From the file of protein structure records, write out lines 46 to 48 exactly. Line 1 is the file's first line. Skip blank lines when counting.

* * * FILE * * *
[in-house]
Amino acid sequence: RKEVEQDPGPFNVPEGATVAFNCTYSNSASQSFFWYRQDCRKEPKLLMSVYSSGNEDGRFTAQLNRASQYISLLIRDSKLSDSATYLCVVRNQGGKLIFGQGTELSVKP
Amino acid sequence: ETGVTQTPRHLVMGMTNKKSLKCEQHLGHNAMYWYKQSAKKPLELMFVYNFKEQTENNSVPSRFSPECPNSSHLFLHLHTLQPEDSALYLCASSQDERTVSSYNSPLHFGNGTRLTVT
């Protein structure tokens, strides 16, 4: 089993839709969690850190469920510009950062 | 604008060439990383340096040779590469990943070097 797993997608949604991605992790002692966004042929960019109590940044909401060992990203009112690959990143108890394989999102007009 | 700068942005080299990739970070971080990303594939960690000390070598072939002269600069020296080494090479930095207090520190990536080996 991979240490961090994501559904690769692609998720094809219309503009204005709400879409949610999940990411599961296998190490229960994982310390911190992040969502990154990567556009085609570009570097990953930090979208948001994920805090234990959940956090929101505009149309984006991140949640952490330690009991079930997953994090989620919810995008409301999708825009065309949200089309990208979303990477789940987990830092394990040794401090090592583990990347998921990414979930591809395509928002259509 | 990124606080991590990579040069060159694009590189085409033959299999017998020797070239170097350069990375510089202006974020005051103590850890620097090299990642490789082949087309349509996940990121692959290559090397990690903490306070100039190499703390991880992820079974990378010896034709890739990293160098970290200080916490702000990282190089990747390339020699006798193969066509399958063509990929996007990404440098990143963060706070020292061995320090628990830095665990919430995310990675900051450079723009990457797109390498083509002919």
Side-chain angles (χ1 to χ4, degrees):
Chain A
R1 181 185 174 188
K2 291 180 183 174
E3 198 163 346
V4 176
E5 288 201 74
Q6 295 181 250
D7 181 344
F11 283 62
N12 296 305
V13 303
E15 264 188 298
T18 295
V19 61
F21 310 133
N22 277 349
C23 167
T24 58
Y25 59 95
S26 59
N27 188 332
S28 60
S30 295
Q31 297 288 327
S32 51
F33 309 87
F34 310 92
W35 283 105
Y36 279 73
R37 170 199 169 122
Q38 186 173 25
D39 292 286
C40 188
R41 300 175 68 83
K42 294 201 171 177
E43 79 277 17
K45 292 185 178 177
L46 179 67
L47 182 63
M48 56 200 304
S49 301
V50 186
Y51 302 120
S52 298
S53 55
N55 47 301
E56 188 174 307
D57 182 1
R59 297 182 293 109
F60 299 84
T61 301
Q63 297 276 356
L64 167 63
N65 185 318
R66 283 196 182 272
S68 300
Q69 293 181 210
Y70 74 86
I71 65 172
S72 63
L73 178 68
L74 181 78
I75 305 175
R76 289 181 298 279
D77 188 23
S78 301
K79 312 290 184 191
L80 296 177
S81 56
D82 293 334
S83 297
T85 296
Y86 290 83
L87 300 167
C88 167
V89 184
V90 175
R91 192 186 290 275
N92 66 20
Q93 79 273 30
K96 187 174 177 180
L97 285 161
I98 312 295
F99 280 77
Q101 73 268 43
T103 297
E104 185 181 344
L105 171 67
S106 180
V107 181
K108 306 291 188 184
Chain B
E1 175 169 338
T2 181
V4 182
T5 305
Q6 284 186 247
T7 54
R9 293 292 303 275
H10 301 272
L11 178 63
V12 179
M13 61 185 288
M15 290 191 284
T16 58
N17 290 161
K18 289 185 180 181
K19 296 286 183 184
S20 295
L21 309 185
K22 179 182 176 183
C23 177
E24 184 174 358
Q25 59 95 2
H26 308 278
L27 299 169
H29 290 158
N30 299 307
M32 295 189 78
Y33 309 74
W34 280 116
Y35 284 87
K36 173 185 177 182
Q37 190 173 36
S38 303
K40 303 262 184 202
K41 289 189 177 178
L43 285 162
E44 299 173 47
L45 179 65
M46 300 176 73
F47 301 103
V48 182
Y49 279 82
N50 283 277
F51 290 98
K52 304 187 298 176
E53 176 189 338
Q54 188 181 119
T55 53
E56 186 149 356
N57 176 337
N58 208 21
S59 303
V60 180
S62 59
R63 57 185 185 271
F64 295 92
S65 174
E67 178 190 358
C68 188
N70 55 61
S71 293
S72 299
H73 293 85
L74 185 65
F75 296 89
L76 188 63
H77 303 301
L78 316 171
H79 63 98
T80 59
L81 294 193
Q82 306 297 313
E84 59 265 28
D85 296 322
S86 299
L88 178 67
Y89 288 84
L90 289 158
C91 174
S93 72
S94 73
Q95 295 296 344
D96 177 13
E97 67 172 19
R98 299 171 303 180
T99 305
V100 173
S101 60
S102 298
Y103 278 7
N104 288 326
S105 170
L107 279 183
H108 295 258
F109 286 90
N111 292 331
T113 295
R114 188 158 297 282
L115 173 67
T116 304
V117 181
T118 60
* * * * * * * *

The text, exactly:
S49 301
V50 186
Y51 302 120